Less than half of the world’s major airlines are giving passengers the opportunity to offset the carbon dioxide produced from their flights, BBC research found.
When airlines do offer such a scheme, generally fewer than 1% of flyers are choosing to spend more.
Carbon offsetting enables passengers to balance out their carbon footprint by paying towards environmental projects.
Aviation accounts for 2% of global human-induced greenhouse gas emissions.
Prices vary but a return flight from London to Malaga, Spain, would cost around £4 to offset.
Emma Thompson: ‘If I could fly cleanly, I would’
Which airline is best for carbon emissions?
The BBC contacted the world’s biggest airlines in terms of numbers of flights and numbers of passengers.
Out of the 28 approached, less than half offered a carbon offset scheme and the majority declined to provide data on the number of passengers offsetting their flights during a one year period – often saying their figures were too low to report.
Michael Gill, a director from the international aviation trade body Iata, said: “We strongly recommend all passengers to use high-quality projects to offset their own CO2 emissions as an individual contribution to addressing climate change.”
What is carbon offsetting?
Carbon offsetting allows passengers to pay extra to help compensate for the carbon emissions produced from their flight.
The money is then invested in environmental projects – like planting trees or installing solar panels – which reduce the carbon dioxide in the air by the same amount.
Passengers can pay the additional charge when they buy their ticket from participating airlines, but independent offsetting companies also exist.
The price varies between airlines, but a return flight from London and Cape Town, South Africa would cost roughly £20 to offset, according to ClimateCare.
The CO2 emissions per passenger from that flight is roughly the same as those produced from heating the average home for a year.
Some activists have criticised carbon offsetting as an excuse to continue polluting, arguing that it does little to change behaviour. Advocates defend offsetting just as vociferously.
How do the big airlines compare?
British Airways does not run a carbon offsetting scheme. Instead, it gives customers the opportunity to contribute towards carbon reduction and community projects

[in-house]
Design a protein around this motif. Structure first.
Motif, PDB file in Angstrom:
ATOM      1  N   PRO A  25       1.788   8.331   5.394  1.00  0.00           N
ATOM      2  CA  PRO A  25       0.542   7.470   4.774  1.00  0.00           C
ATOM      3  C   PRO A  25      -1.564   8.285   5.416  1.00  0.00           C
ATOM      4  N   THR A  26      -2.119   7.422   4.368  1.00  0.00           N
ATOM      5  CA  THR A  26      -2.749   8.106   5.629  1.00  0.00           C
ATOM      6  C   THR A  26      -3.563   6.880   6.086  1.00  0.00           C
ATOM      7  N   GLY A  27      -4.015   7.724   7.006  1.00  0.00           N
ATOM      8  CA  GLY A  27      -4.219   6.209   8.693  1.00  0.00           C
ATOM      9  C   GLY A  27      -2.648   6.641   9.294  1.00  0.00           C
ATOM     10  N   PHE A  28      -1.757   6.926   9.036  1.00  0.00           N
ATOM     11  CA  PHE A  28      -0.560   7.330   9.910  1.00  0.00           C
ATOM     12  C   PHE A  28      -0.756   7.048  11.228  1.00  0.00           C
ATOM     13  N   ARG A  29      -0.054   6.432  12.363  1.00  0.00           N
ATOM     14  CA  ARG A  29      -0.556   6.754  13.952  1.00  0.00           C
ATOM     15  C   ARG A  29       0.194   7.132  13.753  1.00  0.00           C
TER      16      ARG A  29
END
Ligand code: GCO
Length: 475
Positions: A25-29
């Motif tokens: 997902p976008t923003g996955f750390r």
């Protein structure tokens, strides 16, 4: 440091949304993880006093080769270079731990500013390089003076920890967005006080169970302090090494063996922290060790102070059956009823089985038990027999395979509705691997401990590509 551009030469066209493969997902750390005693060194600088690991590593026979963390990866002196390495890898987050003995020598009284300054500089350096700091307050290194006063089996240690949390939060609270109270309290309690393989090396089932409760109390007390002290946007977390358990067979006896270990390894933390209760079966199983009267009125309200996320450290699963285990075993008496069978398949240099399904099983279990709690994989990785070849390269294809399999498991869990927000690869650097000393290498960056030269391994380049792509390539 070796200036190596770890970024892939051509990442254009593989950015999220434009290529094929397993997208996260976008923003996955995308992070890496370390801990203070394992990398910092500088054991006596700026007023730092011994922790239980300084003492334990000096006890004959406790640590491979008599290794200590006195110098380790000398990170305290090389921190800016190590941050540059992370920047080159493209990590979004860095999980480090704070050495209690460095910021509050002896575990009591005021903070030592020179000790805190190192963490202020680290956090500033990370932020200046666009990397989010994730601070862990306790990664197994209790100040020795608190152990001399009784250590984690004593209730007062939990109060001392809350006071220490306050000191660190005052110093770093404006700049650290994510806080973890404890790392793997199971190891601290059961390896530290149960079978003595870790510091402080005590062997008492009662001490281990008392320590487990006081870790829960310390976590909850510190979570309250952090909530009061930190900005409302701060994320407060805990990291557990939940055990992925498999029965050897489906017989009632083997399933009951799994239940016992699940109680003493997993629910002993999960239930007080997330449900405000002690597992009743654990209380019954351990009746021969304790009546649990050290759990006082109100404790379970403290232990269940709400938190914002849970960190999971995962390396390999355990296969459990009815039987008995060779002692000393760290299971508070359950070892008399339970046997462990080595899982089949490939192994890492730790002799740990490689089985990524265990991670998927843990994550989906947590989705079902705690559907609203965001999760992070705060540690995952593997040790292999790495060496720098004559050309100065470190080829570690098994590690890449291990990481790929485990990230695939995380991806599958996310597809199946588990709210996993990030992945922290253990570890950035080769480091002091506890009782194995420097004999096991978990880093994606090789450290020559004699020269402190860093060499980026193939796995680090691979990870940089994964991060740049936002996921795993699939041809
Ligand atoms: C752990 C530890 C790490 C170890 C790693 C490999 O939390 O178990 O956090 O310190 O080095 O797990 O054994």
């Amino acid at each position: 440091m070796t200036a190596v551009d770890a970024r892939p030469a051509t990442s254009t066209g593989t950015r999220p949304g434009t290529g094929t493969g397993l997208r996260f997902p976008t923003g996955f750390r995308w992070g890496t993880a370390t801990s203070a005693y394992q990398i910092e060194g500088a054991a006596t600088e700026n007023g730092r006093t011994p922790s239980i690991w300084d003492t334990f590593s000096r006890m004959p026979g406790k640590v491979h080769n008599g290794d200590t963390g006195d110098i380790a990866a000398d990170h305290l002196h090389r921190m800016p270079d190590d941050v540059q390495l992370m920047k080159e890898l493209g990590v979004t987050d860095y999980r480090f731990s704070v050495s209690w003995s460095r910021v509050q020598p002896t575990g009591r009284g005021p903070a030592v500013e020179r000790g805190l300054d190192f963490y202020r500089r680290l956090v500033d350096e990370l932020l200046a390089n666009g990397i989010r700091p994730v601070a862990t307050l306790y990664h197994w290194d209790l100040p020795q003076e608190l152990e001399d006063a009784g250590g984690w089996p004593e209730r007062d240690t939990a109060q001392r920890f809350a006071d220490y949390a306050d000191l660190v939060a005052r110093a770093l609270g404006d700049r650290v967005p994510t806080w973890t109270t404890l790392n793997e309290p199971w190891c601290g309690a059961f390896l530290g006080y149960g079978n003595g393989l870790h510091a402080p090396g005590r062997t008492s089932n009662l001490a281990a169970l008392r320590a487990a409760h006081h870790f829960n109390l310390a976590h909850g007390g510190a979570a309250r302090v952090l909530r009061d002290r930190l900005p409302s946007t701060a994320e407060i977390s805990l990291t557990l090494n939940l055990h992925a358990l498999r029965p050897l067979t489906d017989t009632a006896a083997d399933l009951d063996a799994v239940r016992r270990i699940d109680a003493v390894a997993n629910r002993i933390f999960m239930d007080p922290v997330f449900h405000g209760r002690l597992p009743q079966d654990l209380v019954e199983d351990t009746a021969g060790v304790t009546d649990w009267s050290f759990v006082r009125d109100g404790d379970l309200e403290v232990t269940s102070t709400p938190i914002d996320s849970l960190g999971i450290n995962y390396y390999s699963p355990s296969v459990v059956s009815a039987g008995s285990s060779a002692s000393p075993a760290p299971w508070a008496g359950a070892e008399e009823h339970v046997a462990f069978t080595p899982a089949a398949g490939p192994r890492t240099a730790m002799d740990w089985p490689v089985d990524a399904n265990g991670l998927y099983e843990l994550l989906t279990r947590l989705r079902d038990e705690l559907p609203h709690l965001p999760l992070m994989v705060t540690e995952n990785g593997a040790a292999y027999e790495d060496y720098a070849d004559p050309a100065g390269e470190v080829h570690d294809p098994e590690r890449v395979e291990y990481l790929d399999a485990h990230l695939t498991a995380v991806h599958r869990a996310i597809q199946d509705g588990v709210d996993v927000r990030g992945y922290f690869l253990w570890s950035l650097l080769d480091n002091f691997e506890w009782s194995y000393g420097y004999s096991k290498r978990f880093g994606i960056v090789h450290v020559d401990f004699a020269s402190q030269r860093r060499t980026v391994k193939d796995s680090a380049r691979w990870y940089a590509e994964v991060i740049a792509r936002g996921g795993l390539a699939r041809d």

Lufthansa offers a carbon offsetting scheme, but uptake from passengers is less than 1%. Following the BBC’s enquiry, the company said it would now make the offer more visible to customers during the booking process
Ryanair does offer a carbon offsetting scheme, but the company refused to disclose the uptake by passengers
American Airlines, the world’s biggest airline, does not offer an offset scheme. The company says it has taken “many meaningful steps to reduce fuel consumption and CO2 emissions”, including buying new, more fuel-efficient planes
Emirates does not offer a scheme, but will be participating in an international carbon offset scheme from 2021
Qantas bucked the trend with 10% of passengers opting to offset
What are airlines doing to combat emissions?
More people are flying than ever and over four billion passengers fly every year.
All international carriers must now report their CO2 emissions on an annual basis and the sector as a whole is aiming to halve its carbon footprint by 2050.
From next year, airlines will be required to offset any increase in emissions beyond their 2020 levels by reducing emissions elsewhere.
The new international system, known as Corsia and established by the United Nations, is the first time a single industry sector has agreed to a global measure to tackle climate change.
Prof Neil Harris, head of atmospheric informatics at Cranfield University, UK, says carbon offsetting “is a good idea but it’s not working”. He feels airlines and governments need to do more.
“All opt in schemes tend to have low take-up,” he explained.
“Secondly I think there’s a lack of clarity on what the scheme is. You want to know the money is being well spent.”
Prof Kevin Anderson, who researches energy and climate change at the University of Manchester, said the most important thing was changing consumer behaviour.
“Most people just fly occasionally but there’s this small group who are very frequent fliers. And these people cannot be using offsetting to allow them to carry on business as usual,” he said.
“If we are serious about climate change, it is not a business-as-usual world, we will have to change how it is we operate. And until we accept that we’re going to continue to fail on climate change and the emissions will continue to rise.”